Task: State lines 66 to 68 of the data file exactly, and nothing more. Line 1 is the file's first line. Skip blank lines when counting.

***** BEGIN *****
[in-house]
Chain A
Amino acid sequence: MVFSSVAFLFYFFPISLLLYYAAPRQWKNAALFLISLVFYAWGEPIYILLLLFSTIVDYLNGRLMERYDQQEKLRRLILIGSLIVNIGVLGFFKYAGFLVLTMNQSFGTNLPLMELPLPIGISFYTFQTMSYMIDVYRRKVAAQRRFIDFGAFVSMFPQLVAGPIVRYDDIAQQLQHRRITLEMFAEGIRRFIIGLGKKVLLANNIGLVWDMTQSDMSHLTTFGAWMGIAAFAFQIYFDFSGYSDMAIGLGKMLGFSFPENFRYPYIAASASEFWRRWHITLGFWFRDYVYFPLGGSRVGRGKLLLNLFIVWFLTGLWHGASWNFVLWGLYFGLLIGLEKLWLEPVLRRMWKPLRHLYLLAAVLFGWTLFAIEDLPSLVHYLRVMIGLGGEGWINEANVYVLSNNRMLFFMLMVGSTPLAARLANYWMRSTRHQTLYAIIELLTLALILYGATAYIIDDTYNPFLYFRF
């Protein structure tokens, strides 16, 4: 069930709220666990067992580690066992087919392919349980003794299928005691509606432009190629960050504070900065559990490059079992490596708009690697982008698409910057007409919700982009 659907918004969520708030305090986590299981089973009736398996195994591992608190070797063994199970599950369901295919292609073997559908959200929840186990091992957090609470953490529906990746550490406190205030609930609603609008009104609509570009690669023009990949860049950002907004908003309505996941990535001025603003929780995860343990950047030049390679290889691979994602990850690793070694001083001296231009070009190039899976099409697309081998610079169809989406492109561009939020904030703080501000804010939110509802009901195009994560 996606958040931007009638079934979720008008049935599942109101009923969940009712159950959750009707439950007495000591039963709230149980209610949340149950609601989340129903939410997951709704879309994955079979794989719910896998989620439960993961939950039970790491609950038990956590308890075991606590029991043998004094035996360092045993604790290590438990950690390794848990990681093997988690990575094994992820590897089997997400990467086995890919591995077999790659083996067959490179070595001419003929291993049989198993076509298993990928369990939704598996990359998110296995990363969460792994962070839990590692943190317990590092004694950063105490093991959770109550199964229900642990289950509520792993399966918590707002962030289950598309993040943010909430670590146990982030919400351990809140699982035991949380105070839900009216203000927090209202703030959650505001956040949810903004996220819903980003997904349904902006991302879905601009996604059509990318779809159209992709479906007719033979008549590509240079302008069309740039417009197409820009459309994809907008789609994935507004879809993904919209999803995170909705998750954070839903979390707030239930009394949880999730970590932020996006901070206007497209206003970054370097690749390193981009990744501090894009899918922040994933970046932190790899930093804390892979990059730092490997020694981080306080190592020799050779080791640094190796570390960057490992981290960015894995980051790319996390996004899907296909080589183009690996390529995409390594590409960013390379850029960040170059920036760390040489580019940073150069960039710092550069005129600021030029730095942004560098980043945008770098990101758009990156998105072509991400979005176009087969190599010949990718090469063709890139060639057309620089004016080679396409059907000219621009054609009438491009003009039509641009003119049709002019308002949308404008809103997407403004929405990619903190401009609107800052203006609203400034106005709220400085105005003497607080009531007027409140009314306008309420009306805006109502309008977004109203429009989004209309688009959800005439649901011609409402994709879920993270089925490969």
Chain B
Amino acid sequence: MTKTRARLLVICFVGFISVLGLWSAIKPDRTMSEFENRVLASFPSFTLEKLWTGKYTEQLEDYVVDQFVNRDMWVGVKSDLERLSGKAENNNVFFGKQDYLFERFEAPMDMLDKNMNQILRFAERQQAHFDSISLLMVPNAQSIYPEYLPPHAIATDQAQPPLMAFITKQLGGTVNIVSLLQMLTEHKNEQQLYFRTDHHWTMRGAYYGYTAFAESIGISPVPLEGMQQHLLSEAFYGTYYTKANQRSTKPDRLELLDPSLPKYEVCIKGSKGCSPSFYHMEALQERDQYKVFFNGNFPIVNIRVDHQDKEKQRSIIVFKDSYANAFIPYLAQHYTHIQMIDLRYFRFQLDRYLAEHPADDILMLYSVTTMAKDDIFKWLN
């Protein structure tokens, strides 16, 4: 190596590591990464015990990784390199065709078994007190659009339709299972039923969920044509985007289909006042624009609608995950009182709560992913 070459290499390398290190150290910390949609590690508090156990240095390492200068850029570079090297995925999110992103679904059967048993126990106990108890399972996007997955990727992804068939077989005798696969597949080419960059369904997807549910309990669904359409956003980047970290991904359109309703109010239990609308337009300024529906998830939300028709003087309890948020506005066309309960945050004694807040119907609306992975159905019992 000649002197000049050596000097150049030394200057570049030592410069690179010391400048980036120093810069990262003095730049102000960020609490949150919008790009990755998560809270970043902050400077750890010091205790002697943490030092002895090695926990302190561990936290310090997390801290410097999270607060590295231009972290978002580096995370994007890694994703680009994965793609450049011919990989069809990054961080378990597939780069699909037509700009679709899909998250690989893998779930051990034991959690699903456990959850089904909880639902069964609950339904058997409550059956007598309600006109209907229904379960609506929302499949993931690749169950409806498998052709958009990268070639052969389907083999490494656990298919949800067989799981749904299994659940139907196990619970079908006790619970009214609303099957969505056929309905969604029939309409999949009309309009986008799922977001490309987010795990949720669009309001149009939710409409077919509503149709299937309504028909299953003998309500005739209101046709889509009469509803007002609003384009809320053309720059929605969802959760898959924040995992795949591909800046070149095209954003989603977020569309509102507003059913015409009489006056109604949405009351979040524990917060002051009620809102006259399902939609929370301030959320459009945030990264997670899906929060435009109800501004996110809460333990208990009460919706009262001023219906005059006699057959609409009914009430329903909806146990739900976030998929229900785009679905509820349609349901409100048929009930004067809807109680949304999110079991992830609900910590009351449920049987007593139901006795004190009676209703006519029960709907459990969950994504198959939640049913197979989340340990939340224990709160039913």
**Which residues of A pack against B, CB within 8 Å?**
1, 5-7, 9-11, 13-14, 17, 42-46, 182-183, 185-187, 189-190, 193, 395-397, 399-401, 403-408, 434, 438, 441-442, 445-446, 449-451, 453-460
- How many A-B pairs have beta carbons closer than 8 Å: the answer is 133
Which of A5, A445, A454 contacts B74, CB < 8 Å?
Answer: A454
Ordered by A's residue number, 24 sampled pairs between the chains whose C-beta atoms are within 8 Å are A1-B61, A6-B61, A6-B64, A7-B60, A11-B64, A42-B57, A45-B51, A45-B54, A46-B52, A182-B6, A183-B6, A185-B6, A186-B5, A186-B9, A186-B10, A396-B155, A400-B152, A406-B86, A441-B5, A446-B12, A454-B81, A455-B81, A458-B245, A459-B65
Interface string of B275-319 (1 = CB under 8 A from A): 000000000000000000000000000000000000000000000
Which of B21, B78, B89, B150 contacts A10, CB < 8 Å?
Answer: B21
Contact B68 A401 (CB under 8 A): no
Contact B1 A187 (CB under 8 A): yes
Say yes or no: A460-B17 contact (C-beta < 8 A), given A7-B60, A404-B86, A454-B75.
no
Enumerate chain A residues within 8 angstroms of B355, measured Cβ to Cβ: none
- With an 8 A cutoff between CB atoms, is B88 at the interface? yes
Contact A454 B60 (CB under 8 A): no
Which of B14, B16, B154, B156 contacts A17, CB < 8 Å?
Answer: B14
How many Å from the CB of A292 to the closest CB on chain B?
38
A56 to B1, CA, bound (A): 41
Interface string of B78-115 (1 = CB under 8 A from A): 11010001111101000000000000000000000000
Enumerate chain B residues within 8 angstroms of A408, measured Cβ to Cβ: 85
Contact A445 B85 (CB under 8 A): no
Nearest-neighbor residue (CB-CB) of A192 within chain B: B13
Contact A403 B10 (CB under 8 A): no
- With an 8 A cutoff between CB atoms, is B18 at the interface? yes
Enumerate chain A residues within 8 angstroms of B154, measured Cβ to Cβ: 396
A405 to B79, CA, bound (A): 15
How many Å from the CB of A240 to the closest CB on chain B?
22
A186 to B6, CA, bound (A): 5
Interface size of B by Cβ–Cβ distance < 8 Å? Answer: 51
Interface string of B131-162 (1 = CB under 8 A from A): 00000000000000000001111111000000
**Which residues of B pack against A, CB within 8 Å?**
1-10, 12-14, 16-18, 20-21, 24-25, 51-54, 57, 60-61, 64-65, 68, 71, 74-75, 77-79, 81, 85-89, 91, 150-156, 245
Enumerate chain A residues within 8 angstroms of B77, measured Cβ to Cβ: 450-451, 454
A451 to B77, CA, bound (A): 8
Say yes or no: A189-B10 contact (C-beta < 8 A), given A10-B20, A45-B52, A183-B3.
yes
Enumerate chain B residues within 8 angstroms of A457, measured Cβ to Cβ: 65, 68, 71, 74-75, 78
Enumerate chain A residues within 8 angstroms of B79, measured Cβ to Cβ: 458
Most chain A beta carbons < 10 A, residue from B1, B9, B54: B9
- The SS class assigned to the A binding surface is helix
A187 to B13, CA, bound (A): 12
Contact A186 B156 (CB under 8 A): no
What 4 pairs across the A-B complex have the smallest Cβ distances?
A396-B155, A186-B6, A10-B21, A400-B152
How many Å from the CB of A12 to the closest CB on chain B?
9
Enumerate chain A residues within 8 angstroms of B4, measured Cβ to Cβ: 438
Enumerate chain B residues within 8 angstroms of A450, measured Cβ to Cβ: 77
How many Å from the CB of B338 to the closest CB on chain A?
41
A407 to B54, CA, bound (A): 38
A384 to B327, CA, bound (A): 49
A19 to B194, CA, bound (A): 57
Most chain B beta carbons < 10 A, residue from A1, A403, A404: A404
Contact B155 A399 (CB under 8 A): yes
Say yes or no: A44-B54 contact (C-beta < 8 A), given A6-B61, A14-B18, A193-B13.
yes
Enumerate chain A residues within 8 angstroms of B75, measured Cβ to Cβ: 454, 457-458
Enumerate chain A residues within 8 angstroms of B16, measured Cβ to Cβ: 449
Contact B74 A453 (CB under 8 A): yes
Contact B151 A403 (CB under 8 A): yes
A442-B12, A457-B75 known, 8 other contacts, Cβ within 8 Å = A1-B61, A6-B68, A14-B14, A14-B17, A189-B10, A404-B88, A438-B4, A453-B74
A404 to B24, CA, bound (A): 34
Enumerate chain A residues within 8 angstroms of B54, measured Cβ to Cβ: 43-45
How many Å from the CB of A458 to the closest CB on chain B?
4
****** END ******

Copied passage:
Contact B155 A399 (CB under 8 A): yes
Say yes or no: A44-B54 contact (C-beta < 8 A), given A6-B61, A14-B18, A193-B13.
yes